All you need to do is learn what the printing on the bag means.
If a homeowner wants a lush green lawn, he cannot go too far wrong if he buys from a company that will refund his money.
Does the bag state plainly that the company will mail you a check at once if you simply say you're not satisfied with the product? No questions asked? No hassle? Just some reasonable proof of purchase, such as the sales slip.
A lawn-food bag should give you six facts:
* The recommended method of seeding, fertilizing, watering, and defeating weeds.
* Explicit directions for applying what you are buying. If you use a spreader , for example, then what is the specific setting?
* How big an area you can count on covering.
* Any toll-free (800) telephone number you can dial for guidance from experts , research specialists, and practical lawn consultants.
* Any exclusive or patented feature to justify a higher price.
* A guaranteedm formula. In a bag of grass fertilizer, it might be 34-4-4 or 27-3-3, while in a sack of grass seed, it might be a blend of bluegrass, fine fescue, ryegrass, etc.
So far as I'm concerned, I don't get mired down in the ''numbers game'' of the fertilizer trade. Those number codes that signify so much nitrogen, so much phosphate, and so much potassium can easily mislead.
Consider N, the standard symbol for the nitrogen your lawn needs. This substance can come from several sources. A supplier of sacked grass fertilizer sometimes uses twom sources -- urea and ureaform -- to provide nitrogen.
The first, urea, will start to release its nitrogen about three days after application and will finish up in about three weeks. The ureaform, however, doesn't even begin to break up until six weeks after application; then it continues releasing for perhaps three months.
Between the end of one release and the start of the other, there is a hiatus. What you get is a kind of roller-coaster effect. First a feast, then a fast. Finally, long, slow fertilizing.
Some fertilizer companies compromise on their chemical formulas. In other words, they draw on nitrogen sources meant for something else and adaptm them for lawn use. They simply mix in a little phosphate and potash; then voila,m they have their turf fertilizer. It's good, of course, but not good enough for the lawn.
Instead of any such mix, you'll do better selecting a uniform and homogeneous product. When you pick up a handful of it, examine it closely. Do you see the separate particles of the nitrogen sources? Do they differ in color and size? That will warn you that the package contains a physical mix, not a composite blend.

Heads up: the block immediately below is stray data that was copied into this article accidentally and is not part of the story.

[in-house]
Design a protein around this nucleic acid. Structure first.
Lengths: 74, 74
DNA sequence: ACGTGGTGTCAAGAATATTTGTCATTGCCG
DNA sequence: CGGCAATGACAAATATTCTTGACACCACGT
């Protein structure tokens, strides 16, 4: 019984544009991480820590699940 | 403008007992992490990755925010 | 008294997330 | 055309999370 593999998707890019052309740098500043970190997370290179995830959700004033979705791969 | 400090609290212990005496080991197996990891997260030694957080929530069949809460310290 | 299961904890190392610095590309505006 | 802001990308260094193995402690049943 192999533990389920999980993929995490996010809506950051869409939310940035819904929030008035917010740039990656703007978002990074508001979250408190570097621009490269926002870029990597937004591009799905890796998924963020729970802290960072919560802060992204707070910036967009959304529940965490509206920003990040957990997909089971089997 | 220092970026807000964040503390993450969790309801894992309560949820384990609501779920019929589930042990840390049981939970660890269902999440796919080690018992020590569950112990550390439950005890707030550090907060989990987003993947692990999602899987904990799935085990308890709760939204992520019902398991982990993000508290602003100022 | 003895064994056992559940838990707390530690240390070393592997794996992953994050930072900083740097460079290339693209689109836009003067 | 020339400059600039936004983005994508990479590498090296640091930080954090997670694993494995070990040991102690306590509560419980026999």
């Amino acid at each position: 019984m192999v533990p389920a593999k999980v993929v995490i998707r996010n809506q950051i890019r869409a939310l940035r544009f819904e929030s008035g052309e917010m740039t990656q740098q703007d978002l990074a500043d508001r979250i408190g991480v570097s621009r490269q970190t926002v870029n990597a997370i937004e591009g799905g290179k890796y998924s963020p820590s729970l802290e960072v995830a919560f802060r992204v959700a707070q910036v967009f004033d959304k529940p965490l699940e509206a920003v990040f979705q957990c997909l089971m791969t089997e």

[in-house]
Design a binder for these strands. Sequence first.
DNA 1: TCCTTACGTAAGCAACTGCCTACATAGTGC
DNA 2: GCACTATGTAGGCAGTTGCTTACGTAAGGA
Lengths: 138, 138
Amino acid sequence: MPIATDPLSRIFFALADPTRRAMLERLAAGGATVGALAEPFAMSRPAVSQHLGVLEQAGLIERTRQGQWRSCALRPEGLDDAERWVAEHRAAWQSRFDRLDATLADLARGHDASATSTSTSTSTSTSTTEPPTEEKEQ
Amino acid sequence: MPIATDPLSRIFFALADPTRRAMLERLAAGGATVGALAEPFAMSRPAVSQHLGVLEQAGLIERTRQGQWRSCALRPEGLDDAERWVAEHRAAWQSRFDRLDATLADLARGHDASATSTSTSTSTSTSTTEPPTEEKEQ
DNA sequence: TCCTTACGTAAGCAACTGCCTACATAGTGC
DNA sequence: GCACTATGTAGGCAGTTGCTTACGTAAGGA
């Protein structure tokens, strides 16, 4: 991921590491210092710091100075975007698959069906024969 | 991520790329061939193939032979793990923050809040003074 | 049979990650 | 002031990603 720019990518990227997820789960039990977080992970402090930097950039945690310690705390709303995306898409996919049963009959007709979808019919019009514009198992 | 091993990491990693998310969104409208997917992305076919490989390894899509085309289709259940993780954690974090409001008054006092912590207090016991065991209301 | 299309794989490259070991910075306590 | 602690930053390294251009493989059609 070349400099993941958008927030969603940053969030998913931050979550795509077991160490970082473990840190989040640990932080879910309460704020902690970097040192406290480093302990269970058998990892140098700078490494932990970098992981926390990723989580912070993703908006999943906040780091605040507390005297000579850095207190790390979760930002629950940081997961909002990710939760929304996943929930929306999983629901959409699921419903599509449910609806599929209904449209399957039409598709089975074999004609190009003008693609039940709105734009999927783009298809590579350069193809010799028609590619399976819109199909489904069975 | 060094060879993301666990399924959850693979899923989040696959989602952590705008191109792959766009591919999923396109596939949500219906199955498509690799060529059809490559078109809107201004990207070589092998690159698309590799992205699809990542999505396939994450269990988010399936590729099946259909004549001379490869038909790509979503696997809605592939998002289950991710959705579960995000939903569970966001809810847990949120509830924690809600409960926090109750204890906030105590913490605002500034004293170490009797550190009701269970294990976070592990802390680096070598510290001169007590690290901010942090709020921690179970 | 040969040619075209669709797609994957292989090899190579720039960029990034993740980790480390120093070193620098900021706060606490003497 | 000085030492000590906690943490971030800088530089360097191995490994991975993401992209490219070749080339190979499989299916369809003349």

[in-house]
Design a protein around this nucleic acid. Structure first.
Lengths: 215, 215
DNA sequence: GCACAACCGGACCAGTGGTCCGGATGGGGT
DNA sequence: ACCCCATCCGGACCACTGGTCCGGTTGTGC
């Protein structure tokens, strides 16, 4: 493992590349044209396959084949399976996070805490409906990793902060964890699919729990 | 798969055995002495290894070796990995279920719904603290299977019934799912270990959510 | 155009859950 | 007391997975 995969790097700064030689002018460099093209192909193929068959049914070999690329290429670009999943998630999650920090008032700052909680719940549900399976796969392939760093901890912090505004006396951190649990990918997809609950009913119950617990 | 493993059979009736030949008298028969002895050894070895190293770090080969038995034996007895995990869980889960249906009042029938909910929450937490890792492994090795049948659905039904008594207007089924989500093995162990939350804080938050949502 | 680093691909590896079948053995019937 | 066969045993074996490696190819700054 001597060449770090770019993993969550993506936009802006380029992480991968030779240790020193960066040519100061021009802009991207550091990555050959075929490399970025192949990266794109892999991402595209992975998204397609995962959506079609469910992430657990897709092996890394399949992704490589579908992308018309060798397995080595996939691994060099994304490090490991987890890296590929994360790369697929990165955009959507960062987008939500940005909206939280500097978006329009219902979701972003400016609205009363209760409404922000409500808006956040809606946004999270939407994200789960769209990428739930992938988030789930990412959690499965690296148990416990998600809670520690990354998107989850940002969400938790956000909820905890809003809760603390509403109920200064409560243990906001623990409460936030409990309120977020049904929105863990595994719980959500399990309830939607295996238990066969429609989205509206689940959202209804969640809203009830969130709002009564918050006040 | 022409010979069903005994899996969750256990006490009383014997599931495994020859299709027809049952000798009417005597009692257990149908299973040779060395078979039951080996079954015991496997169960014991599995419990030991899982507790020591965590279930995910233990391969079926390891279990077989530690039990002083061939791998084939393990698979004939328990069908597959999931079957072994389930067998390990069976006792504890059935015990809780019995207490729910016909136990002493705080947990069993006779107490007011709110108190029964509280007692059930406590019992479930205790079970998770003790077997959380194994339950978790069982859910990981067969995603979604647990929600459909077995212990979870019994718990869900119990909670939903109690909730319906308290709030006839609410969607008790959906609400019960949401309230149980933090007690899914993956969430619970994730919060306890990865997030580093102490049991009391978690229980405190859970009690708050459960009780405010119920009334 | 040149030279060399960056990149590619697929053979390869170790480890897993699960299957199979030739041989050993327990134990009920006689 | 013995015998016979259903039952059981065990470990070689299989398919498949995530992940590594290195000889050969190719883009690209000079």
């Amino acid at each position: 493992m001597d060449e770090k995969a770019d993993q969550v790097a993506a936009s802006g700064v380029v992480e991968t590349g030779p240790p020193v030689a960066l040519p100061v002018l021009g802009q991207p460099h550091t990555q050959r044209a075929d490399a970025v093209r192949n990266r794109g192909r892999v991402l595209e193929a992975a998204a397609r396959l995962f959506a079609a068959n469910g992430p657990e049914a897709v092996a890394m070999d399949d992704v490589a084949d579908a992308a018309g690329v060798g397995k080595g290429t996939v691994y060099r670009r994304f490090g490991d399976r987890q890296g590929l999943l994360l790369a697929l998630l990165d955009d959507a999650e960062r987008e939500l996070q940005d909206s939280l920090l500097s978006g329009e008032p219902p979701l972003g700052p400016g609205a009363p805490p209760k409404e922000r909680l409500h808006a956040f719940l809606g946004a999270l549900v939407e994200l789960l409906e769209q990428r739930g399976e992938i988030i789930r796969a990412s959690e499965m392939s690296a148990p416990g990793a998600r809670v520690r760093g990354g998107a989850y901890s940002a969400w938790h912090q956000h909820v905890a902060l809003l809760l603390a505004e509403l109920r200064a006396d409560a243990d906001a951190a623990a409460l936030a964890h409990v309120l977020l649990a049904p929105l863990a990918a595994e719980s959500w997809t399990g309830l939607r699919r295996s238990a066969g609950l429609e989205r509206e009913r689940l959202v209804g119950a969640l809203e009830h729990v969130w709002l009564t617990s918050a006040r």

What you should see are tiny, look-alike, same-size balls, each of which contains within itself all three fertilizer fractions: nitrogen, phosphate, and potassium; in other words, a completem fertilizer.
One trouble with a mix, even at a bargain price, is this: The heaviest particles (nitrogen) settle to the bottom of the paper bag. When you pour them into the bin of your spreader, they go out last and may burn patches or streaks in your lawn.
(Incidentally, you shouldn't have to ''water in'' fertilizer when you spread it on the lawn.)
After you have emptied a bag into a spreader, it's a good idea to cut out the face of the bag, which then becomes evidence of purchase should you want to claim a refund.
The best time to rebuild and revitalize your lawn?
There isn't any badm time. Immediate growth is faster in the springtime, but fall feeding works during cold weather to build root systems. Grass plants will respond to a year-round diet, if the menu is right.
Should the foregoing shatter any innocent assumption on anybody's part that lawn-raising is simple, let him (or her) learn from those who study the care and feeding of grass. Seed farmers and fertilizer manufacturers maintain experimental plantations - acre upon acre of test plots. Comparisons among grasses and among methods of feeding and watering them go on continually.
These producers bear in mind that your lush lawn, intelligently cared for, will go on greening for 20 years or more. Their goal is to enable you to invest knowledgeably in your own property.
Thus, it is not merely the bagged fertilizer or herbicide or formulated seed they provide, but also the newest and soundest methods of applying such products. The manufacturers tell you, right on the bag, exactly what spreader setting to use to spread lawn products evenly, in the correct amounts, and without overlapping.
Lawn products are just too valuable to waste by broadcasting them.
Today, too, you can buy lawnmaking materials exactly according to the size of the area to which you are going to apply them.
Above all else, pay a little more for your lawn products and you're likely to get a lot more for your money.
Formula is more valuable to you than low price.